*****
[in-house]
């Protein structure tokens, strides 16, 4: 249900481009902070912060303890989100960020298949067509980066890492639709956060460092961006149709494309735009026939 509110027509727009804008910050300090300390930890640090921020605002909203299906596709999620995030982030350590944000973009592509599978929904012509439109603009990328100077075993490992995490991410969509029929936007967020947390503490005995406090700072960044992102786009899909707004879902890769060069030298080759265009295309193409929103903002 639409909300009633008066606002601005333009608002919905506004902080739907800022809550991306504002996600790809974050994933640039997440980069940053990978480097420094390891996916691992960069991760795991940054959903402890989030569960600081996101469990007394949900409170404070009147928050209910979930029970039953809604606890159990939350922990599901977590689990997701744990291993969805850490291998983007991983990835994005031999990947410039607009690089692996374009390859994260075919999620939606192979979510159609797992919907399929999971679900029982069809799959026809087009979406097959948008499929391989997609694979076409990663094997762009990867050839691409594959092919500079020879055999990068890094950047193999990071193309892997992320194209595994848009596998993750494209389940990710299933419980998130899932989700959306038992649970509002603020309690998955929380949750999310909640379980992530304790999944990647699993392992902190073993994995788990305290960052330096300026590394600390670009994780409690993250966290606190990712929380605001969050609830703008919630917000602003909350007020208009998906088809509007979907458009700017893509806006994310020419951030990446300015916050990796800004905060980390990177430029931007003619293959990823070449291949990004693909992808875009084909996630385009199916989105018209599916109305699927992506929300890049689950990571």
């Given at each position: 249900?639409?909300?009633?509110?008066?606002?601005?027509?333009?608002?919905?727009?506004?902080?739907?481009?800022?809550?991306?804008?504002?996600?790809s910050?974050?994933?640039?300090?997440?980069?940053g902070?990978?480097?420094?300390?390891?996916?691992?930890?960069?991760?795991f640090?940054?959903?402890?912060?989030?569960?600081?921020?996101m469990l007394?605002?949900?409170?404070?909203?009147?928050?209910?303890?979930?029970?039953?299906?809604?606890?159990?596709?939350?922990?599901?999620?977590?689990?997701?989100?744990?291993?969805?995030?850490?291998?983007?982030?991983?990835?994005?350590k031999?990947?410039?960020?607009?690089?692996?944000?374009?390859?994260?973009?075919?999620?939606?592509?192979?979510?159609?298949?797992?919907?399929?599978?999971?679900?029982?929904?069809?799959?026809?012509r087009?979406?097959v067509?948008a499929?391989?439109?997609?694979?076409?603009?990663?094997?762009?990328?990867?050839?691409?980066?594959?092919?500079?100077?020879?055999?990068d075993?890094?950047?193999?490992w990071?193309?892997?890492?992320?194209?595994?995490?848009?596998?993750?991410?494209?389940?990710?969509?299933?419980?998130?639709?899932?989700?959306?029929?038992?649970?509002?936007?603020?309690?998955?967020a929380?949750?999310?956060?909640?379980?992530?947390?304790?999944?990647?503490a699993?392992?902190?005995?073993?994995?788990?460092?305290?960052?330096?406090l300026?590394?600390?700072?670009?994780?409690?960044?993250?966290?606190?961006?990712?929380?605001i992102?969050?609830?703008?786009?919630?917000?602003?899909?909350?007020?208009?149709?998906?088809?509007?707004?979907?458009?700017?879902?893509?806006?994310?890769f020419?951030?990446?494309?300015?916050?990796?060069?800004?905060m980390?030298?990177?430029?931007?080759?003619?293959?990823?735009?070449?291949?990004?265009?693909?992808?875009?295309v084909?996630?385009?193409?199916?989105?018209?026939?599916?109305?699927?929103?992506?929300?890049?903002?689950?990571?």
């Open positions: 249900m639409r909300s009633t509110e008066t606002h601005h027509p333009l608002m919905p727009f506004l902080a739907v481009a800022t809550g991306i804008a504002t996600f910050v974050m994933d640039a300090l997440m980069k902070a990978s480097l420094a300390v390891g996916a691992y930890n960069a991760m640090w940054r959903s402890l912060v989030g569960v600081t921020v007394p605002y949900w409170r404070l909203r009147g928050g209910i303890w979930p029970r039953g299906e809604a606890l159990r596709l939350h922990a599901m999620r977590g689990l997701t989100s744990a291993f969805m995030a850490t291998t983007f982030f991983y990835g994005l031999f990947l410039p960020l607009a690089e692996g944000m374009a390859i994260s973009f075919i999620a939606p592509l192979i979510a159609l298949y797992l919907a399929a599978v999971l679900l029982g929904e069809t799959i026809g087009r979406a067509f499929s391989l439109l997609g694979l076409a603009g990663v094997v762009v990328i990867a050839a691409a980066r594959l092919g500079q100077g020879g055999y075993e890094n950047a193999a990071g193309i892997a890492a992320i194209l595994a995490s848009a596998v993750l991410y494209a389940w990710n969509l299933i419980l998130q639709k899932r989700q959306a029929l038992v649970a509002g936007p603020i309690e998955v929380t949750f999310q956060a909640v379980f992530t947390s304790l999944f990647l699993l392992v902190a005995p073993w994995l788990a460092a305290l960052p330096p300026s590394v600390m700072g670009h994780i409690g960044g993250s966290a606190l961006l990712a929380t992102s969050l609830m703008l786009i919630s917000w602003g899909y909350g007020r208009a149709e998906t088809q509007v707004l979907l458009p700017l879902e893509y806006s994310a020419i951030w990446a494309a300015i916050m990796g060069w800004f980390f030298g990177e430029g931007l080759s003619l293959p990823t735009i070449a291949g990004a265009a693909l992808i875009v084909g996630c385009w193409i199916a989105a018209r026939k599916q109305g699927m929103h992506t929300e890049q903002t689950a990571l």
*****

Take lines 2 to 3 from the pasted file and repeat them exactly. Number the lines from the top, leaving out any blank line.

């Protein structure tokens, strides 16, 4: 249900481009902070912060303890989100960020298949067509980066890492639709956060460092961006149709494309735009026939 509110027509727009804008910050300090300390930890640090921020605002909203299906596709999620995030982030350590944000973009592509599978929904012509439109603009990328100077075993490992995490991410969509029929936007967020947390503490005995406090700072960044992102786009899909707004879902890769060069030298080759265009295309193409929103903002 639409909300009633008066606002601005333009608002919905506004902080739907800022809550991306504002996600790809974050994933640039997440980069940053990978480097420094390891996916691992960069991760795991940054959903402890989030569960600081996101469990007394949900409170404070009147928050209910979930029970039953809604606890159990939350922990599901977590689990997701744990291993969805850490291998983007991983990835994005031999990947410039607009690089692996374009390859994260075919999620939606192979979510159609797992919907399929999971679900029982069809799959026809087009979406097959948008499929391989997609694979076409990663094997762009990867050839691409594959092919500079020879055999990068890094950047193999990071193309892997992320194209595994848009596998993750494209389940990710299933419980998130899932989700959306038992649970509002603020309690998955929380949750999310909640379980992530304790999944990647699993392992902190073993994995788990305290960052330096300026590394600390670009994780409690993250966290606190990712929380605001969050609830703008919630917000602003909350007020208009998906088809509007979907458009700017893509806006994310020419951030990446300015916050990796800004905060980390990177430029931007003619293959990823070449291949990004693909992808875009084909996630385009199916989105018209599916109305699927992506929300890049689950990571």
């Given at each position: 249900?639409?909300?009633?509110?008066?606002?601005?027509?333009?608002?919905?727009?506004?902080?739907?481009?800022?809550?991306?804008?504002?996600?790809s910050?974050?994933?640039?300090?997440?980069?940053g902070?990978?480097?420094?300390?390891?996916?691992?930890?960069?991760?795991f640090?940054?959903?402890?912060?989030?569960?600081?921020?996101m469990l007394?605002?949900?409170?404070?909203?009147?928050?209910?303890?979930?029970?039953?299906?809604?606890?159990?596709?939350?922990?599901?999620?977590?689990?997701?989100?744990?291993?969805?995030?850490?291998?983007?982030?991983?990835?994005?350590k031999?990947?410039?960020?607009?690089?692996?944000?374009?390859?994260?973009?075919?999620?939606?592509?192979?979510?159609?298949?797992?919907?399929?599978?999971?679900?029982?929904?069809?799959?026809?012509r087009?979406?097959v067509?948008a499929?391989?439109?997609?694979?076409?603009?990663?094997?762009?990328?990867?050839?691409?980066?594959?092919?500079?100077?020879?055999?990068d075993?890094?950047?193999?490992w990071?193309?892997?890492?992320?194209?595994?995490?848009?596998?993750?991410?494209?389940?990710?969509?299933?419980?998130?639709?899932?989700?959306?029929?038992?649970?509002?936007?603020?309690?998955?967020a929380?949750?999310?956060?909640?379980?992530?947390?304790?999944?990647?503490a699993?392992?902190?005995?073993?994995?788990?460092?305290?960052?330096?406090l300026?590394?600390?700072?670009?994780?409690?960044?993250?966290?606190?961006?990712?929380?605001i992102?969050?609830?703008?786009?919630?917000?602003?899909?909350?007020?208009?149709?998906?088809?509007?707004?979907?458009?700017?879902?893509?806006?994310?890769f020419?951030?990446?494309?300015?916050?990796?060069?800004?905060m980390?030298?990177?430029?931007?080759?003619?293959?990823?735009?070449?291949?990004?265009?693909?992808?875009?295309v084909?996630?385009?193409?199916?989105?018209?026939?599916?109305?699927?929103?992506?929300?890049?903002?689950?990571?």